Three pastors wrongfully imprisoned in Iran have been released after four months thanks to the work of domestic and foreign advocacy groups, who slammed their incarceration as "a whole other level of tyranny".
According to Middle East Concern, Eldar Gurbanov (48), Yusif Farhadov (51) and Bahram Nasibov (37) from Baku in Azerbaijan had been invited to attend a gathering to bless a newly wedded couple in Tehran, and wanted to spend three days touring the country Iran.
Security agents raided the wedding party and initially arrested ten people, most of whom were quickly released. However, the three pastors were taken to Evin Prison for interrogation.
According to MEC, the men, all of whom are married with children, were kept in solitary confinement for two months and interrogated, and their whereabouts were not made known. In September, the Christians were transferred out of solitary confinement to shared cells in Ward 350 in Evin Prison and faced charges of engaging in missionary activity and propaganda against the regime. The men were released on bail two weeks ago.
Iran remains one of the most repressive countries in the world in regards to freedom of religion, and is number 9 on Open Door USA's World Watch List of countries where Christians face the most persecution.
Speaking to One News Now, Sandra Elliot of International Christian Concern called the baseless incarceration of the pastors "a whole other level of tyranny."
"The identity of a nation as an Islamic republic is more important [to them] than anything else, including the sovereignty of citizens from other countries," she says. "They never really back off. It's more about when we hear it happen. I think a lot more is going on than what we hear about, honestly."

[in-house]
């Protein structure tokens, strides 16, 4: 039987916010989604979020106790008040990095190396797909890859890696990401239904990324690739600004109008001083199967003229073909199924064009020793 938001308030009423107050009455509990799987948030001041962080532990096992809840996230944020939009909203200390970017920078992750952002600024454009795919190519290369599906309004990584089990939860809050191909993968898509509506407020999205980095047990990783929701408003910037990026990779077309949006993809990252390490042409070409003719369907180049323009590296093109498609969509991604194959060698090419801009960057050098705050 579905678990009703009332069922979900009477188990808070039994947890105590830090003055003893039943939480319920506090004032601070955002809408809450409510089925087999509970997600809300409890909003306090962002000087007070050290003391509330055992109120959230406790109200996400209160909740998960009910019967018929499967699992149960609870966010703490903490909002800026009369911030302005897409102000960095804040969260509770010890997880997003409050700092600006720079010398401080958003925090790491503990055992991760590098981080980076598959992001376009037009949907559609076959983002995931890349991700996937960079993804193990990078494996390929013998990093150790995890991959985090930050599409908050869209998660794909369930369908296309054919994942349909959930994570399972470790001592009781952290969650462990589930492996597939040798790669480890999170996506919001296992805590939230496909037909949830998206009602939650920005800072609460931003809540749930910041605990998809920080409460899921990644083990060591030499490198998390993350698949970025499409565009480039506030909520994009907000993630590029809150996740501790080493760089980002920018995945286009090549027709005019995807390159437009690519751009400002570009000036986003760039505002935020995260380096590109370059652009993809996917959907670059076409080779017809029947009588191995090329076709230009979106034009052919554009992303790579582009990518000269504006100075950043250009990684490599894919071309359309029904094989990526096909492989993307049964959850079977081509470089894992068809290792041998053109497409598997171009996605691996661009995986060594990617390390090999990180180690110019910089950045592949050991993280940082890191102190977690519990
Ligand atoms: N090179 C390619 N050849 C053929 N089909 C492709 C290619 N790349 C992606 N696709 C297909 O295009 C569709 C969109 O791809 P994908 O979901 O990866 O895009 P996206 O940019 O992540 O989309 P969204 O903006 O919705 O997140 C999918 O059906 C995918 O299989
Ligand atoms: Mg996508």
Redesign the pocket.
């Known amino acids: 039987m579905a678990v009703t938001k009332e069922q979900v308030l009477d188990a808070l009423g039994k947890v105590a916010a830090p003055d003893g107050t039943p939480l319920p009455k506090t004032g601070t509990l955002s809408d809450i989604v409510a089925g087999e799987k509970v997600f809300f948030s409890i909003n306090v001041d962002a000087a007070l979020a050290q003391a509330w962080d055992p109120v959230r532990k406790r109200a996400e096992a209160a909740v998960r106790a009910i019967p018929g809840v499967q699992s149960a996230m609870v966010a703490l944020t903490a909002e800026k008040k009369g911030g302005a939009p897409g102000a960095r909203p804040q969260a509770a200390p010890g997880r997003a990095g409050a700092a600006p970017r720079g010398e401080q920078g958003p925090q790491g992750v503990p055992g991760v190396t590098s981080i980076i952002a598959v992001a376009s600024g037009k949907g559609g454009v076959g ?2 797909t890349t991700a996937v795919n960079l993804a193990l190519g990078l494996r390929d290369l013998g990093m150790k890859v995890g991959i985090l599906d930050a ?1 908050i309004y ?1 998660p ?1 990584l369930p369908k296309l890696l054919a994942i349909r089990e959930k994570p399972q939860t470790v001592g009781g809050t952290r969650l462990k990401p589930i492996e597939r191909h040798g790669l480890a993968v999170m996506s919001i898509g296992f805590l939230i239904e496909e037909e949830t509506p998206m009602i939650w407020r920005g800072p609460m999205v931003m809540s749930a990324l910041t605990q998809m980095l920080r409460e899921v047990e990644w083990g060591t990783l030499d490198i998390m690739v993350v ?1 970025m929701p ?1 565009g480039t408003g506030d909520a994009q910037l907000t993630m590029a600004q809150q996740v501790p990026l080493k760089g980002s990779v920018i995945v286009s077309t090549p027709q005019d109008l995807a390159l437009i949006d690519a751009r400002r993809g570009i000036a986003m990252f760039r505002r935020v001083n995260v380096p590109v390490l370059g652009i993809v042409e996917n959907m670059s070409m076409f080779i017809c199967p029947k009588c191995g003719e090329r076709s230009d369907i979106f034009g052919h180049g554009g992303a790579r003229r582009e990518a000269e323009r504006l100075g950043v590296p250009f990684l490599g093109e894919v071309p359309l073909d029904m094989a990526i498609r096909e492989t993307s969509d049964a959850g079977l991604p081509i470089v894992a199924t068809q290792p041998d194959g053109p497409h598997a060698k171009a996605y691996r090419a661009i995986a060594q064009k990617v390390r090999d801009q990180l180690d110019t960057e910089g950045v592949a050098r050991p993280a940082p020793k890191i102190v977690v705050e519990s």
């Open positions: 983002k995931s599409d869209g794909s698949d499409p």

In 2012, Iranian authorities arrested and imprisoned Pastor Saeed Abedini, an American citizen, on charges of setting up home churches in the Islamic theocracy. The pastor was freed in January in a prisoner swap with Iran and has since spoken out about the hardships he faced while imprisoned.
During an interview with former Fox News host Greta Van Susteren, Abedini recounted the pain he underwent while in prison, as he was interrogated, then physically and psychologically tortured after he refused to sign documents implicating him in crimes that he said he did not commit.
He said he saw terrible things happen to other prisoners, such as Sunni Muslims, being publicly executed.
However, the pastor revealed that he spent much of his confinement in retrospection: "Mostly I was praying," he recalled. "The best thing I could do over there was [pray]."